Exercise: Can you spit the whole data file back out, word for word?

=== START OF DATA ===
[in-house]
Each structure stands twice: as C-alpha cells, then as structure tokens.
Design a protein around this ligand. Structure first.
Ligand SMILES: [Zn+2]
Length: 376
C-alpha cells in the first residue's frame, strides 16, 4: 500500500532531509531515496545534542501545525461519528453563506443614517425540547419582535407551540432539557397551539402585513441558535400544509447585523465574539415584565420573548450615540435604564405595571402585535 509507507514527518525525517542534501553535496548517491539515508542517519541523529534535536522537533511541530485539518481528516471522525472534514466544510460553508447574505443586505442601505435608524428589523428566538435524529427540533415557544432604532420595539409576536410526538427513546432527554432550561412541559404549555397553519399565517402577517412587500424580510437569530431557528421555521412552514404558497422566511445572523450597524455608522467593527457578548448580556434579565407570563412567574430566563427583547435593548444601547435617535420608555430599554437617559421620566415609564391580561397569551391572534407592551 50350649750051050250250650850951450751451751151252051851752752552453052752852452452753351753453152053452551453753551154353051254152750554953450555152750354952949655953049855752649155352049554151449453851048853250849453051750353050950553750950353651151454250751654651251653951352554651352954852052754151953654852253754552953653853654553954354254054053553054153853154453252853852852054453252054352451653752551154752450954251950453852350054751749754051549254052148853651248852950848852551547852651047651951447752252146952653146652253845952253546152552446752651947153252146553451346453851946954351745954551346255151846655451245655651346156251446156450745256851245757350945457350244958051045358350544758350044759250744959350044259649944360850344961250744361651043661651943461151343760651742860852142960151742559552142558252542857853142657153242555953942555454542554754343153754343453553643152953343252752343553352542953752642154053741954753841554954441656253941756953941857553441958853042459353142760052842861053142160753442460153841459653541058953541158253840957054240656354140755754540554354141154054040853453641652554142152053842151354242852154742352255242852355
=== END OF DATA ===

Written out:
[in-house]
Each structure stands twice: as C-alpha cells, then as structure tokens.
Design a protein around this ligand. Structure first.
Ligand SMILES: [Zn+2]
Length: 376
C-alpha cells in the first residue's frame, strides 16, 4: 500500500532531509531515496545534542501545525461519528453563506443614517425540547419582535407551540432539557397551539402585513441558535400544509447585523465574539415584565420573548450615540435604564405595571402585535 509507507514527518525525517542534501553535496548517491539515508542517519541523529534535536522537533511541530485539518481528516471522525472534514466544510460553508447574505443586505442601505435608524428589523428566538435524529427540533415557544432604532420595539409576536410526538427513546432527554432550561412541559404549555397553519399565517402577517412587500424580510437569530431557528421555521412552514404558497422566511445572523450597524455608522467593527457578548448580556434579565407570563412567574430566563427583547435593548444601547435617535420608555430599554437617559421620566415609564391580561397569551391572534407592551 50350649750051050250250650850951450751451751151252051851752752552453052752852452452753351753453152053452551453753551154353051254152750554953450555152750354952949655953049855752649155352049554151449453851048853250849453051750353050950553750950353651151454250751654651251653951352554651352954852052754151953654852253754552953653853654553954354254054053553054153853154453252853852852054453252054352451653752551154752450954251950453852350054751749754051549254052148853651248852950848852551547852651047651951447752252146952653146652253845952253546152552446752651947153252146553451346453851946954351745954551346255151846655451245655651346156251446156450745256851245757350945457350244958051045358350544758350044759250744959350044259649944360850344961250744361651043661651943461151343760651742860852142960151742559552142558252542857853142657153242555953942555454542554754343153754343453553643152953343252752343553352542953752642154053741954753841554954441656253941756953941857553441958853042459353142760052842861053142160753442460153841459653541058953541158253840957054240656354140755754540554354141154054040853453641652554142152053842151354242852154742352255242852355